Wellstone International High School serves brand-new refugee and immigrant students in their late teens. Credit: Riham Feshir | MPR News

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President Joe Biden announced Thursday he will set a cap of 125,000 refugee admissions for the first full fiscal year of his term, a move that will undo one of the signature policies of the Trump administration and likely speed up long-awaited reunification for some Minnesota families.  

The president is responsible for setting a limit for how many refugees the United States will accept in a given year. Former President Donald Trump set a record low for the refugees admissions cap—as well as the number of actual refugees resettled—in the last four years. On his way out of office, Trump set the cap at a historic low of 15,000, which will remain in effect for the next eight months.

At his first major foreign policy speech at the State Department, Biden pledged to restore the refugee admissions program. The new cap will go into effect at the start of the next fiscal year on October 1.

“Today, I’m approving an executive order to begin the hard work of restoring our refugee admissions program to help meet the unprecedented global need,” Biden said. “It’s going to take time to rebuild what has been so badly damaged.”

The Biden administration announced a three-part immigration reform plan Tuesday. The administration will focus on the underlying causes of migration by confronting the instability, violence, and economic insecurity that drives migrants from their home countries. The administration will also work with regional partners, foreign governments, and international organizations to provide protection for asylum seekers and migrants closer to home. It will also ensure that Central American refugees and asylum seekers specifically have access to legal avenues to the United States.

“The situation at the border will not transform overnight, due in large part to the damage done over the last four years,” a statement from the White House said. “But the president is committed to an approach that keeps our country safe, strong, and prosperous and that also aligns with our values.”

Refugee resettlement advocates in Minnesota say an increase in refugee admissions will allow more families to be reunited in Minnesota. The state’s economy would likely also benefit from an influx of refugee arrivals.

Representative Ilhan Omar said in a statement that she is hopeful that others will find the same peace and opportunity she dreamed of when she came to the United States as a refugee. Since taking office, Ilhan has advocated for executive action on the refugee admissions cap.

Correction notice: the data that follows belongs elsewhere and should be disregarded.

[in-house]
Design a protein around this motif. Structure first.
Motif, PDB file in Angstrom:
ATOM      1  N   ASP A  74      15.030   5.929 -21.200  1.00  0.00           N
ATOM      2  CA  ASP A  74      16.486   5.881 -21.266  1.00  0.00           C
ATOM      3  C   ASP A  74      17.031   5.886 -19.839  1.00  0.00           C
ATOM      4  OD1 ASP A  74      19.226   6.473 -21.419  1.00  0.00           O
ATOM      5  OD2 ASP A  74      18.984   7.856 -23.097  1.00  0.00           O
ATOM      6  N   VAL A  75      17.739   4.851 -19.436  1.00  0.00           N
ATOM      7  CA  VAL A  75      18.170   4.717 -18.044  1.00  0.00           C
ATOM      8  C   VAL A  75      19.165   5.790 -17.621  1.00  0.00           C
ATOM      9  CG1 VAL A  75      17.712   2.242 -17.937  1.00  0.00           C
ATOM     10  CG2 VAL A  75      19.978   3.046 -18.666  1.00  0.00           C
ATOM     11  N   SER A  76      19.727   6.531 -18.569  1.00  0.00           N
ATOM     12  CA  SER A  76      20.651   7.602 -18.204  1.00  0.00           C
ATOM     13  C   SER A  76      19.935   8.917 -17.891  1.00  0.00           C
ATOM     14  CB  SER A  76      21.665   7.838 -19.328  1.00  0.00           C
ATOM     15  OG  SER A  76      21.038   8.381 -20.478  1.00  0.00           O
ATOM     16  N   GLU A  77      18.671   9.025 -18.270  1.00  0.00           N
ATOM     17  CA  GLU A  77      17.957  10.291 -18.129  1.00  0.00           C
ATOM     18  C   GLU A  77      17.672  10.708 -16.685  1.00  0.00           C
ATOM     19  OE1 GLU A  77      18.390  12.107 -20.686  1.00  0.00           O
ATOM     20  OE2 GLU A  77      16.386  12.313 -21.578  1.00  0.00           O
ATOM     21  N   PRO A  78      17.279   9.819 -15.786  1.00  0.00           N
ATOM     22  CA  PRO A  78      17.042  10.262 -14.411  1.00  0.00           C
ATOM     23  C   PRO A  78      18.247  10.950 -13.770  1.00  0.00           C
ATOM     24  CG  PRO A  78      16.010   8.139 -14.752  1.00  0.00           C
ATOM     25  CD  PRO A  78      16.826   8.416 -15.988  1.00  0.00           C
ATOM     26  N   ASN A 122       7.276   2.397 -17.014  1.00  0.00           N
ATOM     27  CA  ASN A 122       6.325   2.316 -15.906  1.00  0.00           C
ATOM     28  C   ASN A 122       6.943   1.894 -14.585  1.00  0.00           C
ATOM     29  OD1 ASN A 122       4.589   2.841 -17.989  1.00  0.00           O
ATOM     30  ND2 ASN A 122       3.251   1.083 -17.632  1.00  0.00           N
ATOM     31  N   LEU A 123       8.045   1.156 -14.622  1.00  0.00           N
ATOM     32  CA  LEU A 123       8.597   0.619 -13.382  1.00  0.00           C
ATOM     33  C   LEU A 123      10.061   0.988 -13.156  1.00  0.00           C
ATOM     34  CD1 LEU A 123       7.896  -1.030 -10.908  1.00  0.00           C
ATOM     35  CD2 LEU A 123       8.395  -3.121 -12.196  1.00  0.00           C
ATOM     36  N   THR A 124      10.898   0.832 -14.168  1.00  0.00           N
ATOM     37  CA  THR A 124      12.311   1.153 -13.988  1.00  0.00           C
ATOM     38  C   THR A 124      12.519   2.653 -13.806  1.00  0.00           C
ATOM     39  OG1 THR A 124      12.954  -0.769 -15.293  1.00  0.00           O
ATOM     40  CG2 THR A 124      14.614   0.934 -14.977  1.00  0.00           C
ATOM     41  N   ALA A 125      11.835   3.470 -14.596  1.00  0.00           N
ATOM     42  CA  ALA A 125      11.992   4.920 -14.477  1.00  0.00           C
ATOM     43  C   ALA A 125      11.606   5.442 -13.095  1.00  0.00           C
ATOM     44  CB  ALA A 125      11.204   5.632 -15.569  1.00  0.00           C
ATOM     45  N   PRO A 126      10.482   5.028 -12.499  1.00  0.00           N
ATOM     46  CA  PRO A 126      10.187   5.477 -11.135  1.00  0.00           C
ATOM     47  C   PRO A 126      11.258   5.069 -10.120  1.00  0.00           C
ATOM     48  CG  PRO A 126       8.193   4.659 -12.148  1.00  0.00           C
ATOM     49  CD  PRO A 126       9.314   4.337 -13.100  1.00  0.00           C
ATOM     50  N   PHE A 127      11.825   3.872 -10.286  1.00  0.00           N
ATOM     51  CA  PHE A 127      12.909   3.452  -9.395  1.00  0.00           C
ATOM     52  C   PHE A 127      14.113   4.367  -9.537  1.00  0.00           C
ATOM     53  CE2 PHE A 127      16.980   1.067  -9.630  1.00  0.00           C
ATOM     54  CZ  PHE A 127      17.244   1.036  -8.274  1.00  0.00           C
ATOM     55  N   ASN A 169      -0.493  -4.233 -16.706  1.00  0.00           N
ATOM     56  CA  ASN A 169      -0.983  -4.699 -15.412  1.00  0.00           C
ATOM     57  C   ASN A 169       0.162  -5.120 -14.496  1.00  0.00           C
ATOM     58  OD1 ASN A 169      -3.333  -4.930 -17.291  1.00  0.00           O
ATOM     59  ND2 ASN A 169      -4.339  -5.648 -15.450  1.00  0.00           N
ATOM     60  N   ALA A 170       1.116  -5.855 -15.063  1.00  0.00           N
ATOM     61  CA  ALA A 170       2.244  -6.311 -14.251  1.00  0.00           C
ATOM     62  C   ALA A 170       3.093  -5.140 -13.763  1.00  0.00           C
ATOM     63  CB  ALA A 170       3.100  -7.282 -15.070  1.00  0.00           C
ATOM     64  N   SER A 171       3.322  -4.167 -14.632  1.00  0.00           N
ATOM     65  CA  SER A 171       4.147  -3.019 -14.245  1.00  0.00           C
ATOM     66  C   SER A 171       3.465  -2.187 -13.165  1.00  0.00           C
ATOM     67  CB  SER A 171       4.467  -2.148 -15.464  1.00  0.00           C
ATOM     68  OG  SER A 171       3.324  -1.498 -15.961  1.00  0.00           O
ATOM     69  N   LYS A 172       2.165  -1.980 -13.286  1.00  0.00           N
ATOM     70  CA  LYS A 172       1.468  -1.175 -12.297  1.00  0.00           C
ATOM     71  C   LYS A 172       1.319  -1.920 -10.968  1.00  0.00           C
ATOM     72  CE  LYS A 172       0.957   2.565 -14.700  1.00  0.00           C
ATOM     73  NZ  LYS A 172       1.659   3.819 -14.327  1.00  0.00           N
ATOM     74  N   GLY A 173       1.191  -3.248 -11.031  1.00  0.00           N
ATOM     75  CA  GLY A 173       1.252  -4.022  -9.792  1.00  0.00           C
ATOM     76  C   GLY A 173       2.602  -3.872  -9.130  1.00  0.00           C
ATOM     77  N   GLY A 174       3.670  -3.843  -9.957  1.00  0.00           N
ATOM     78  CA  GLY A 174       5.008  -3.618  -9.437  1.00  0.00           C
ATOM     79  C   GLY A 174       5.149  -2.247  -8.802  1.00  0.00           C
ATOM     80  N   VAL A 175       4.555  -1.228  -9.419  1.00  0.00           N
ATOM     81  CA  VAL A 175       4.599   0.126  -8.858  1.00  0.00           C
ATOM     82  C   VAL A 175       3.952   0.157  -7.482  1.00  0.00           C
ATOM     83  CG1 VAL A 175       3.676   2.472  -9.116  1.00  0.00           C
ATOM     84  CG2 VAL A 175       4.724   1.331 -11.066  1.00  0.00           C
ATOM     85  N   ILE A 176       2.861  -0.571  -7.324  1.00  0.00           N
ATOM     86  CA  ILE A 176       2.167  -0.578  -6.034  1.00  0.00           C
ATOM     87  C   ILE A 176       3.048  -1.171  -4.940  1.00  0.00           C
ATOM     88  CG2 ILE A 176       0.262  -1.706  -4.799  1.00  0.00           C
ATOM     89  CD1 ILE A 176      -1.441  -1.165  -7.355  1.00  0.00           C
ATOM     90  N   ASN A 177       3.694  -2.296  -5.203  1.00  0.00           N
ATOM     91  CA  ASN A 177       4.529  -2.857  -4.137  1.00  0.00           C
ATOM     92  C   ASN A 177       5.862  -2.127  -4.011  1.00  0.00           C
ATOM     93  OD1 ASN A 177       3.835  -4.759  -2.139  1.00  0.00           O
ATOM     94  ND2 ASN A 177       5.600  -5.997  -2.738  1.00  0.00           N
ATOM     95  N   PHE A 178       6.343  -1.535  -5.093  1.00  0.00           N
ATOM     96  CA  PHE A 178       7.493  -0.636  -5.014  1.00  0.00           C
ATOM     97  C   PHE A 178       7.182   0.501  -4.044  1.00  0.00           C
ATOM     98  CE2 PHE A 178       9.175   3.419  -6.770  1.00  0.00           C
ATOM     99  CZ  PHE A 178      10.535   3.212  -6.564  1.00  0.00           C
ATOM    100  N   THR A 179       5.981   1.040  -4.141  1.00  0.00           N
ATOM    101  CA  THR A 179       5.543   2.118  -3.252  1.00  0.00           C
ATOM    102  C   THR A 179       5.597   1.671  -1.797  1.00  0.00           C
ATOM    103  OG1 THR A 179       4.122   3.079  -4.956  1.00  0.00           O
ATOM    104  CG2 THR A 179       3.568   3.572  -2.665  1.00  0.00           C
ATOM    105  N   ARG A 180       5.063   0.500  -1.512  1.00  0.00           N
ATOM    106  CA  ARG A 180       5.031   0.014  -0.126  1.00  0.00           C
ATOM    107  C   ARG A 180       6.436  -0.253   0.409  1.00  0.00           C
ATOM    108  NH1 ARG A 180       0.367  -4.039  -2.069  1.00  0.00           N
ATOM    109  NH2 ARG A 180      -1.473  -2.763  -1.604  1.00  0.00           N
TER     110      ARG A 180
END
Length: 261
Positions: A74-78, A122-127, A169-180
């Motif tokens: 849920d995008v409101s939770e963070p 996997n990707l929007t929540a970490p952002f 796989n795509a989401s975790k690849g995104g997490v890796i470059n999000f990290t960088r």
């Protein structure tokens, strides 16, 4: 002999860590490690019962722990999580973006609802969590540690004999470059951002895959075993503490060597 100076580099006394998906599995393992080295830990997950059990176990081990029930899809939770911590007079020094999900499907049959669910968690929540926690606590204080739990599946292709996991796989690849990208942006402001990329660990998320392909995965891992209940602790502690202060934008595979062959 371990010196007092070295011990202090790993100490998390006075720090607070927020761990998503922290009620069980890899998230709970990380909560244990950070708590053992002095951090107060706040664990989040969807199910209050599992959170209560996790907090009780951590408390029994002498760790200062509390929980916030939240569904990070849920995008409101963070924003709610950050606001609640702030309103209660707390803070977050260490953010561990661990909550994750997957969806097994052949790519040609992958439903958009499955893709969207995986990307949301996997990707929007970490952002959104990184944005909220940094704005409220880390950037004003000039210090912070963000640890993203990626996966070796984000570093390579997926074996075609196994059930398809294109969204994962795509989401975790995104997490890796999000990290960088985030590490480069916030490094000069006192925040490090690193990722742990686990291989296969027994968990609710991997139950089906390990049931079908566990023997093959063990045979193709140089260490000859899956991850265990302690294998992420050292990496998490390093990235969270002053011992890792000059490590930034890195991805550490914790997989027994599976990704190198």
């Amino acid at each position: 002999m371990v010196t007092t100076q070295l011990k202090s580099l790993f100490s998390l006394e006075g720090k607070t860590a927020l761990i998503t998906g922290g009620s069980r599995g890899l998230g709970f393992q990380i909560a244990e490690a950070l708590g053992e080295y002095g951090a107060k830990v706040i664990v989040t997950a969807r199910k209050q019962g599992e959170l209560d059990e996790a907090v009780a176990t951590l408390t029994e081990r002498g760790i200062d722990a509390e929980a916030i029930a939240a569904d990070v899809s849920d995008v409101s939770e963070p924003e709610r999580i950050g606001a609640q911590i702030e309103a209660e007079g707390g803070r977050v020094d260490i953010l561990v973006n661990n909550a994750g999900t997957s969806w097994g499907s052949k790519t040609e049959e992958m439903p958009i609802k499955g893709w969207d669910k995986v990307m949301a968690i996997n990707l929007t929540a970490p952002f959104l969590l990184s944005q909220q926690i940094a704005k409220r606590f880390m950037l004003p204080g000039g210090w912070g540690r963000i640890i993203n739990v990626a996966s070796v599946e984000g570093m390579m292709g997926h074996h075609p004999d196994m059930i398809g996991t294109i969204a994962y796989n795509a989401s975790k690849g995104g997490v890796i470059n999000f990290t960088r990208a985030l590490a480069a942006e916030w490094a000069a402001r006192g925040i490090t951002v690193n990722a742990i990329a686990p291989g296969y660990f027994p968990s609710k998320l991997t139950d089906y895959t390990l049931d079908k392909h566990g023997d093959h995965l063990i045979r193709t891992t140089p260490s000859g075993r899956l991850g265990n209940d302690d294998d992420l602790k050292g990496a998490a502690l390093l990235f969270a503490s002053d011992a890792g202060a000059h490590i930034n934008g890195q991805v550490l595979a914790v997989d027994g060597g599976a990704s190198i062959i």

“Today, President Biden has signaled to the world that we will no longer turn our back to those suffering from global catastrophe,” Ilhan said in a statement.

Refugee resettlement in Minnesota drastically declined under Trump. Two thousand refugees resettled in the state in 2016. In 2020, the state admitted only 386. Since October, 25 refugees have arrived in Minnesota. 

More than 480,000 immigrant residents in Minnesota make up 8.6 percent of the state’s population. Since 2005, a total of about 33,000 refugees have relocated to the state. The majority of the state’s refugees come from Somalia and Myanmar. Some of them have family members who have been waiting in camps in Kenya or Thailand for decades.

The International Institute of Minnesota, one of the largest refugee resettlement agencies in the state, resettled 109 refugees as of September—compared to more than 500 in 2016. This year, the agency has resettled six refugees so far. The agency is expecting two more Ethiopian refugees scheduled to arrive from Kenya later this month. 

Micaela Schuneman, the director of refugee services at the International Institute, said she’s thrilled to see an administration that understands the increasing need to support refugee resettlement.

“It’s really nice to have that message from the White House, that this is an important program and the U.S. wants to become a leader in resettling refugees again,” Schuneman said.

While Schuneman, her coworkers, and the agency’s clients are excited to see an increasing number of arrivals, she added that it will take a long time to rebuild the infrastructure necessary to admit, process, and resettle refugees. Recently, Schuneman has received requests from clients inquiring about their family members’ case statuses. Because of all the damage that’s been done to the system, Schuneman said she’s been telling her clients that movement on those cases has been slow. 

Resettlement agencies typically receive funding based on how many refugees they resettle during the year. Because arrivals have been down, agencies across the country have either lost funding or closed altogether. The International Institute has not received any updates from the State Department about increasing support for the agencies yet, Schuneman said

Since the cap imposed by Trump won’t expire until October, Schuneman called these next eight months a period for rebuilding. The State Department, for example, will need to hire and train more people to work at places where refugees are waiting. At the International Institute, Schuneman said the staff is considering reinstating their robust volunteer program after the pandemic.

“We’re excited. But we’re trying to be realistic,” Schuneman said. “That’s the hardest part for everyone, and especially for the people waiting for their families.”

Hibah Ansari is a corps member with Report for America, a national service program that places journalists into local newsrooms.